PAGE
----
SINGAPORE – Prime Minister Shinzo Abe has promised to forge stronger ties with Southeast Asian countries, but fulfilling that pledge will require careful political maneuvering as he seeks to end the pacifist policy that has guided Japan since the war and tries to set up a greater security role for it as China continues to assert itself.
Having made the pledge at the Shangri-La Dialogue in Singapore, the regional security forum that concluded Sunday, experts say Abe may need to strike a delicate balance to become a truly proactive contributor to peace in the Asia-Pacific region.
Stronger ties between Japan and members of the Association of Southeast Asian Nations could benefit the region and position Japan to help counterbalance China, but they are unlikely to be welcomed by the Asian powerhouse, whose relations with Japan remain at their lowest point in years.
In his keynote speech at the security forum, Abe made a veiled criticism of China and argued that Asia must uphold the rule of law. He threw strong support behind Vietnam and the Philippines in their attempts to resolve their own territorial disputes in the South China Sea through peaceful means.
“Taking our alliance with the United States as the foundation and respecting our partnership with ASEAN, Japan will spare no effort to make regional stability, peace, and prosperity into something rock solid,” said Abe, who became the first Japanese prime minister to address the forum.
China immediately accused Japan and the United States of staging “provocative actions” against the country — the latest instance of the two Asian powers trading barbs on the global stage.
Despite repeated calls for dialogue, Abe has not yet held a summit with Chinese President Xi Jinping, who proposed in May that Asia should have a new security structure that excludes the United States.
Abe’s push to remodel Japan’s security architecture, which is bound by the pacifist Constitution, has alarmed China, which suffered from Japan’s wartime brutality. Abe denies that Japan will ever go to war again, even if it decides to remove its long-standing ban on using the right to collective self-defense, but Beijing has rejected his argument.
“What is clear in Abe’s message is that Japan will help ASEAN with capacity-building so the grouping can bolster its own defenses, given that ASEAN countries could be the weak link if we are to create an Asian network to counter China,” said Narushige Michishita, professor at the National Graduate Institute for Policy Studies in Tokyo.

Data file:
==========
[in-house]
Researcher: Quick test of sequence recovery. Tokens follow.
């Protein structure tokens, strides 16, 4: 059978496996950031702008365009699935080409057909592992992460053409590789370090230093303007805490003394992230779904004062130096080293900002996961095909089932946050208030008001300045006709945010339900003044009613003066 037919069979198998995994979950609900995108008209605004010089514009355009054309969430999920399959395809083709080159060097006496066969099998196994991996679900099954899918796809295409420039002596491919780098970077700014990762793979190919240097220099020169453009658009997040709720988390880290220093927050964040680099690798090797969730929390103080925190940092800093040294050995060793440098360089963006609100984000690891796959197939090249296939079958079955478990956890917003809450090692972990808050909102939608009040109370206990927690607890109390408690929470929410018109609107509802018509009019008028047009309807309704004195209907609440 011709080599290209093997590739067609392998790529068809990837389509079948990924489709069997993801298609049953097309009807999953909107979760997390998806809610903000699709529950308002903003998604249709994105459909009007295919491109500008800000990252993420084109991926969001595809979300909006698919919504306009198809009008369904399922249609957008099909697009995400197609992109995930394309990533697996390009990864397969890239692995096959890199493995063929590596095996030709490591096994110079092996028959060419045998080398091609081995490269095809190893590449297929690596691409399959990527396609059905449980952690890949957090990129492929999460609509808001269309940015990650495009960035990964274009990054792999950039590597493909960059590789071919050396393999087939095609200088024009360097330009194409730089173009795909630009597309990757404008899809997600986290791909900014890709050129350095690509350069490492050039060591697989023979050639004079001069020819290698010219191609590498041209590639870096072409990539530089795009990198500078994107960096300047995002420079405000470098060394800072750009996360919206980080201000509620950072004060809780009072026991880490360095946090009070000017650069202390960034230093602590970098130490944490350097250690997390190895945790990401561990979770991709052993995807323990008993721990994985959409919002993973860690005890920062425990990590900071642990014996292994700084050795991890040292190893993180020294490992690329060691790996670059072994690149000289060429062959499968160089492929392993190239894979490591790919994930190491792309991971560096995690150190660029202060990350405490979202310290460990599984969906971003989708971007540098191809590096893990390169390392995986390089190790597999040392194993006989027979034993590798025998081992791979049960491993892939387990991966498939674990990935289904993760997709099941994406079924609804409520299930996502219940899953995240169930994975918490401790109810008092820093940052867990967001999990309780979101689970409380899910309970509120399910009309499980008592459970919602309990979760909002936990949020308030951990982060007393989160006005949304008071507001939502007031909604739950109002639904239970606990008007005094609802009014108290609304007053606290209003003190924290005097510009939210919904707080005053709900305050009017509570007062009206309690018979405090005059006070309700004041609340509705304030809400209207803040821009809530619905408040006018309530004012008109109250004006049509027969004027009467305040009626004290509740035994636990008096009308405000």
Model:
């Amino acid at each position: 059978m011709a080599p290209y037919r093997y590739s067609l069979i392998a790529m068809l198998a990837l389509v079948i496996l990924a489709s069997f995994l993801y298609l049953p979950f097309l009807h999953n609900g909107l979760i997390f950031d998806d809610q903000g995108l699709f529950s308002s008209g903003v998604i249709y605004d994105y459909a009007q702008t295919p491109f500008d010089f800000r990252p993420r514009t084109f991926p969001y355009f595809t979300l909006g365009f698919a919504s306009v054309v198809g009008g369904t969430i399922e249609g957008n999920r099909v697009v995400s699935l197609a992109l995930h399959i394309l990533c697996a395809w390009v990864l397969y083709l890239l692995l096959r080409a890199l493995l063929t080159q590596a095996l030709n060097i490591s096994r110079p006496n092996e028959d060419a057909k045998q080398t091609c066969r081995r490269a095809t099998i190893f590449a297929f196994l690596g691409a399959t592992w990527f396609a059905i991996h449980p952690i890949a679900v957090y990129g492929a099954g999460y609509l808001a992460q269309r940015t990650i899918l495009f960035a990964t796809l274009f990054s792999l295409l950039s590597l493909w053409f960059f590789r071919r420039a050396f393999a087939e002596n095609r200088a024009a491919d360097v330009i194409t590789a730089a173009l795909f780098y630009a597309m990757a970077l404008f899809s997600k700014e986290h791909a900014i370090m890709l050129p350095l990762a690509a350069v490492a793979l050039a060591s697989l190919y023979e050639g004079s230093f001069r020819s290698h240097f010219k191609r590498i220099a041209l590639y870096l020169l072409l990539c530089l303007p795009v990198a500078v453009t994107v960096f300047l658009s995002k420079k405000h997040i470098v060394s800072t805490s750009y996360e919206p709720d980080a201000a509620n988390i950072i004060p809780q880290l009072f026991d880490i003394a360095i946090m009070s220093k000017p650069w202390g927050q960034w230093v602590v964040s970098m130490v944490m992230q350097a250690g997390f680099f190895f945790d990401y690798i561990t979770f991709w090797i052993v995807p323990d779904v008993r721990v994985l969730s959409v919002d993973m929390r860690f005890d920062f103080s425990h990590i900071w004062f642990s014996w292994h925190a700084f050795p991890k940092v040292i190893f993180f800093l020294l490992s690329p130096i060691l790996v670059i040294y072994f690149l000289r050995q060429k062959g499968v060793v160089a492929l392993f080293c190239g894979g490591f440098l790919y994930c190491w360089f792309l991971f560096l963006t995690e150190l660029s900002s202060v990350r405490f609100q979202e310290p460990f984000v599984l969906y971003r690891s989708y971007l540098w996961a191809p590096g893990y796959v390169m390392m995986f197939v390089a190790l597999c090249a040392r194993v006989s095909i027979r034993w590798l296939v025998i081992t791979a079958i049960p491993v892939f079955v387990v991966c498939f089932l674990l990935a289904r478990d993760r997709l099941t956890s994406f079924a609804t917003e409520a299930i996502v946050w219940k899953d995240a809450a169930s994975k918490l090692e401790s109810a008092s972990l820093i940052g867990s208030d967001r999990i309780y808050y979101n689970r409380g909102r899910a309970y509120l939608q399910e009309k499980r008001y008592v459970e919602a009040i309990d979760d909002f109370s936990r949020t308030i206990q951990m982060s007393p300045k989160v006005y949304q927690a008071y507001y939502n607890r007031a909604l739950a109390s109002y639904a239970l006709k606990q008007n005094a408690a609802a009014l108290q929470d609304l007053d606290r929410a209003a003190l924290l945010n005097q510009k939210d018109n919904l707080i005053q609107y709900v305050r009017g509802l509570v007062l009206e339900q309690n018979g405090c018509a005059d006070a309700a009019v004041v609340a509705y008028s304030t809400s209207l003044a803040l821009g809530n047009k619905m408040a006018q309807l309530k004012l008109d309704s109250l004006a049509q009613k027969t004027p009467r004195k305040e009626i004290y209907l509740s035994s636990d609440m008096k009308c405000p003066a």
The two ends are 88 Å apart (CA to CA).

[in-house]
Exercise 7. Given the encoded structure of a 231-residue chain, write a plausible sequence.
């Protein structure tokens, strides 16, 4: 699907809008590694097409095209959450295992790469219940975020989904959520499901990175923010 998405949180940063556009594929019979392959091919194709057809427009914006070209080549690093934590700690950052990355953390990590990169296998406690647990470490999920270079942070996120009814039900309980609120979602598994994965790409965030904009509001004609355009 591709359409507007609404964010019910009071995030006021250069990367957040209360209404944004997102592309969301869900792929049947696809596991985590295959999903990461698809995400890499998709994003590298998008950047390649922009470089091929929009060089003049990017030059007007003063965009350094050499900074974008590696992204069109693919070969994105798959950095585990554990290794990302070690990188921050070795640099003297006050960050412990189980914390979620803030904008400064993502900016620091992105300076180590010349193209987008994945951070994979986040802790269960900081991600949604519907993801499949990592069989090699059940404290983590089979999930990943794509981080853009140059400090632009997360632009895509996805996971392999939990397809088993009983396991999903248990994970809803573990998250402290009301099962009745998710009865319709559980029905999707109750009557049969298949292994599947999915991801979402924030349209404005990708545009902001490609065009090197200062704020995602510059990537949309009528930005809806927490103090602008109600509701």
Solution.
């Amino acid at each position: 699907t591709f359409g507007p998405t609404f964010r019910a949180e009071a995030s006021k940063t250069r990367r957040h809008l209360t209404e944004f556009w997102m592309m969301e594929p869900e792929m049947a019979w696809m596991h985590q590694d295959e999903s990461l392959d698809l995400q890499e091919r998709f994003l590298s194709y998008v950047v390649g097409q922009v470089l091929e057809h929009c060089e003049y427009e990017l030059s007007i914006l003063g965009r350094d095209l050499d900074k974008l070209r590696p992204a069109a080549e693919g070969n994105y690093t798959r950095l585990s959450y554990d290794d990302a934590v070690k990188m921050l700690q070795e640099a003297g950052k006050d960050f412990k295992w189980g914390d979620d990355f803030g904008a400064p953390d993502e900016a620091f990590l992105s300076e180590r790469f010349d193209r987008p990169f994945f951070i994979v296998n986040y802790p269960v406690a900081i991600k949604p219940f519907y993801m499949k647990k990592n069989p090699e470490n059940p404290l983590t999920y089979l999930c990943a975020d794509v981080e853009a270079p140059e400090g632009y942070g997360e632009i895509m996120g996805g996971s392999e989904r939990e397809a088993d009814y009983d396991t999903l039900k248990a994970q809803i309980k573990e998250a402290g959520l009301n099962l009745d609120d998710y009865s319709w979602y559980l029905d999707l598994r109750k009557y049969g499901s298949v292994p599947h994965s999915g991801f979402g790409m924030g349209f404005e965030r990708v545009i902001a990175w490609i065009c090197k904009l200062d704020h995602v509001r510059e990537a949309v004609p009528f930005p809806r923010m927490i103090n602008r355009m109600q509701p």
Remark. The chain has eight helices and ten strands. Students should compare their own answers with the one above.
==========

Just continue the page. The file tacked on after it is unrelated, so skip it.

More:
“Abe did not mention this because the issue is still controversial in Japan, but it’s becoming more obvious that one reason why Japan is trying to remove the ban on collective self-defense seems to be working more closely with ASEAN,” Michishita added.
Abe has prioritized bolstering the U.S.-Japan security alliance as the security landscape evolves due to China’s maritime forays and North Korea’s missile and nuclear development programs.
Bilateral defense cooperation guidelines that define the roles and responsibilities of the Self-Defense Forces and the U.S. military are expected to be revised by the end of the year. Tokyo and Washington hope a decision will be made by then on whether Japan should defend allies under armed attack when Japan itself is not.
U.S. Defense Secretary Chuck Hagel gave his backing during the Shangri-La Dialogue to Abe’s bid to “reorient its collective self-defense posture toward actively helping build a peaceful and resilient regional order.”
Debate has continued to revolve around whether the United States, which does not take positions on sovereignty issues, would defend the Japanese-controlled Senkaku Islands in the East China Sea, which are also claimed by China.
Within the ASEAN framework, Vietnam and the Philippines have faced off with China in the South China Sea, and experts warn that regional tensions could escalate further.
ASEAN is not a NATO-type military alliance, but a regional bloc whose ties are still weak. Experts say some members are much closer to Beijing than to Tokyo.